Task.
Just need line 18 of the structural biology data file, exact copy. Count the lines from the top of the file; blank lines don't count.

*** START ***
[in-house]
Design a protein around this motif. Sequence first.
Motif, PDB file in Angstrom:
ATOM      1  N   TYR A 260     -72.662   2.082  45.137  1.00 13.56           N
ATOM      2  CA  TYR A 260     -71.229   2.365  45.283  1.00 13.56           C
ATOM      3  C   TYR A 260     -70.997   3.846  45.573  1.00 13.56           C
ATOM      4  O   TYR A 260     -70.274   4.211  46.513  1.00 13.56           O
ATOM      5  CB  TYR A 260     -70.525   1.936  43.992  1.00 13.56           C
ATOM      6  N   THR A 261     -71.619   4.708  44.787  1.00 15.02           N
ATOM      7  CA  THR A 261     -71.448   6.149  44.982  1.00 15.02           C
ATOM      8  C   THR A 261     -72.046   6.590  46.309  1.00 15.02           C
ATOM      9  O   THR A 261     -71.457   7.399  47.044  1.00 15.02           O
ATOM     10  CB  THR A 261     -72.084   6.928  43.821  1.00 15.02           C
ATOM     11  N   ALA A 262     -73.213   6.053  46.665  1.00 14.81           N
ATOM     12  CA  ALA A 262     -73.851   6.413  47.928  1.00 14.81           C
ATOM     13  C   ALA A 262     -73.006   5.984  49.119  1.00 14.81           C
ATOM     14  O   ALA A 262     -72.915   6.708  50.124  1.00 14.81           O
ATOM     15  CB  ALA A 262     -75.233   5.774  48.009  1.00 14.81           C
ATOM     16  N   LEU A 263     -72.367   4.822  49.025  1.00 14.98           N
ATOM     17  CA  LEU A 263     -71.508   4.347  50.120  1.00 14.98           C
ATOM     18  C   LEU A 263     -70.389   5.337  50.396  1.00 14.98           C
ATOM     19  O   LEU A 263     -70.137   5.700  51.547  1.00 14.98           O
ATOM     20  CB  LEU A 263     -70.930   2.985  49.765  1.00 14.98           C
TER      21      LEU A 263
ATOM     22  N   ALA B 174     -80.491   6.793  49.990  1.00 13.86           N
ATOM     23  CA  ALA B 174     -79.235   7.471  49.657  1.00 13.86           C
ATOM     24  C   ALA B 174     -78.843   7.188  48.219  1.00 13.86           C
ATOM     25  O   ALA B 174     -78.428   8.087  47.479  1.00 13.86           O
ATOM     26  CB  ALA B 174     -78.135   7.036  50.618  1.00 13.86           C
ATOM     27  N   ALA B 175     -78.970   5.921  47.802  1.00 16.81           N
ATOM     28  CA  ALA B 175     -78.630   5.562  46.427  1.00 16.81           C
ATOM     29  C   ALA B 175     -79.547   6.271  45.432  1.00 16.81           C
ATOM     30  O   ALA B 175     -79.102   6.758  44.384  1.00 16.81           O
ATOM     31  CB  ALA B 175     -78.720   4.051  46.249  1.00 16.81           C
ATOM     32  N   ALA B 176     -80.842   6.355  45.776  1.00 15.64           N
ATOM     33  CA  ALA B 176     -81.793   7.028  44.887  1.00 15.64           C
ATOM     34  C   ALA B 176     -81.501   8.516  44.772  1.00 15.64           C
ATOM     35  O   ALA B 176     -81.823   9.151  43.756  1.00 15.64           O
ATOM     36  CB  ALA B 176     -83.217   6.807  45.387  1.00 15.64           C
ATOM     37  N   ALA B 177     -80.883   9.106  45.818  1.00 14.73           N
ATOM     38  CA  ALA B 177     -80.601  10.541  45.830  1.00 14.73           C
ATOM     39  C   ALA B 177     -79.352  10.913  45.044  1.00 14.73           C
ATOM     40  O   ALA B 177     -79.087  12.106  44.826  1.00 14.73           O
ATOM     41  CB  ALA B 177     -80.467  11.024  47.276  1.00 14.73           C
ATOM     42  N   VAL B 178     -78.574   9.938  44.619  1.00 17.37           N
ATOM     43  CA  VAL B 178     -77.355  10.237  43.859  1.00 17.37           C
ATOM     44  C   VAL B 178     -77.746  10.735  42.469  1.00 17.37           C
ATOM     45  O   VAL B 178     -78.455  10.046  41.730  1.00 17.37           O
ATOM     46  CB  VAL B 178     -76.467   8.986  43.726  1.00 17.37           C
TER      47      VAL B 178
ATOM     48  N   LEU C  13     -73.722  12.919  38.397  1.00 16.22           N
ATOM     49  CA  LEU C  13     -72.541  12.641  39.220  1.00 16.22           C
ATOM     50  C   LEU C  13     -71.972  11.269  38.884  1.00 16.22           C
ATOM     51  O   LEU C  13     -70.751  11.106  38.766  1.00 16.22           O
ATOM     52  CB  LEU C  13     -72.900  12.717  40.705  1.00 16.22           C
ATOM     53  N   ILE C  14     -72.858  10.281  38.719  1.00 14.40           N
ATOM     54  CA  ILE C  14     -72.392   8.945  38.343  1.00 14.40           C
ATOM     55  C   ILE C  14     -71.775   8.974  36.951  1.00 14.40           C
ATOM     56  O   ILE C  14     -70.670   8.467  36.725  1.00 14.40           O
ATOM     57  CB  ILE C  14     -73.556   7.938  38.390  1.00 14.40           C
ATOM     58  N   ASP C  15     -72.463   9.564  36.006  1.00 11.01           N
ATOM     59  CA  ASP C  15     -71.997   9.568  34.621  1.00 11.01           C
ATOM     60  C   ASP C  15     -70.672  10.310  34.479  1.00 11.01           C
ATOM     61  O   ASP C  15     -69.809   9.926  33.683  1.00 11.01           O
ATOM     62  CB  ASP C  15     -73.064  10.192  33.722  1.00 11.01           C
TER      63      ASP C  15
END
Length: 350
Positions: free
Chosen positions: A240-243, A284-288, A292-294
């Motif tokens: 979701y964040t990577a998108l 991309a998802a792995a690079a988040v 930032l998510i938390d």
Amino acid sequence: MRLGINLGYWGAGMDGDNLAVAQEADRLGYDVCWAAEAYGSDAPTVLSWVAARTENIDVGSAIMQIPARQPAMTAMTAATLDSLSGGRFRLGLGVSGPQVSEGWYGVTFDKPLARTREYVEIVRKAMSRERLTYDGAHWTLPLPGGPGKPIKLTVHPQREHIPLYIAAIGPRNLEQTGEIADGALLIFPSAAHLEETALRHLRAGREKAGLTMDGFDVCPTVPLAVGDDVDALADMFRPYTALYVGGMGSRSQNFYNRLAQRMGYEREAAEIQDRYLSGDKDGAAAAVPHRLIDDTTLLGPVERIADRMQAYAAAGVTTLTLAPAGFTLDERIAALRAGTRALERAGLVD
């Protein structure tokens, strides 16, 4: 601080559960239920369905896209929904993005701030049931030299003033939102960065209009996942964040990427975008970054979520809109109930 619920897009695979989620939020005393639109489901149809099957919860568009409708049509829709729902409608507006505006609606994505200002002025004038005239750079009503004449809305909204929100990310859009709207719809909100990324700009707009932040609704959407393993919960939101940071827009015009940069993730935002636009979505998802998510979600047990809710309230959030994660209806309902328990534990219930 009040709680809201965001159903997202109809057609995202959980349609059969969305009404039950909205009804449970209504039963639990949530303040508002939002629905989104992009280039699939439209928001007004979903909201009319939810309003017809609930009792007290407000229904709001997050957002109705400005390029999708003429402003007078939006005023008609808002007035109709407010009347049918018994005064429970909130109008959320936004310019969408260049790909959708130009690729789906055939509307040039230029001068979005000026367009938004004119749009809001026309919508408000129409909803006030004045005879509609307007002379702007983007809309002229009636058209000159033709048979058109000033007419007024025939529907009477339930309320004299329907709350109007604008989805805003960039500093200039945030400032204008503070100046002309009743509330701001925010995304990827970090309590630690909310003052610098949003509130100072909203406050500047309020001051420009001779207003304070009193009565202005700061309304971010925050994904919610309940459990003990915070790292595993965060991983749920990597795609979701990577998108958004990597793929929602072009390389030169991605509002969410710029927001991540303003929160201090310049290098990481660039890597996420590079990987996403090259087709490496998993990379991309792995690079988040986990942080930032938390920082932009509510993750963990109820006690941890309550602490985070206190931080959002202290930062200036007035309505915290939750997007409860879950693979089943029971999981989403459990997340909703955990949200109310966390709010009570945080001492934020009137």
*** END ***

ATOM     15  CB  ALA A 262     -75.233   5.774  48.009  1.00 14.81           C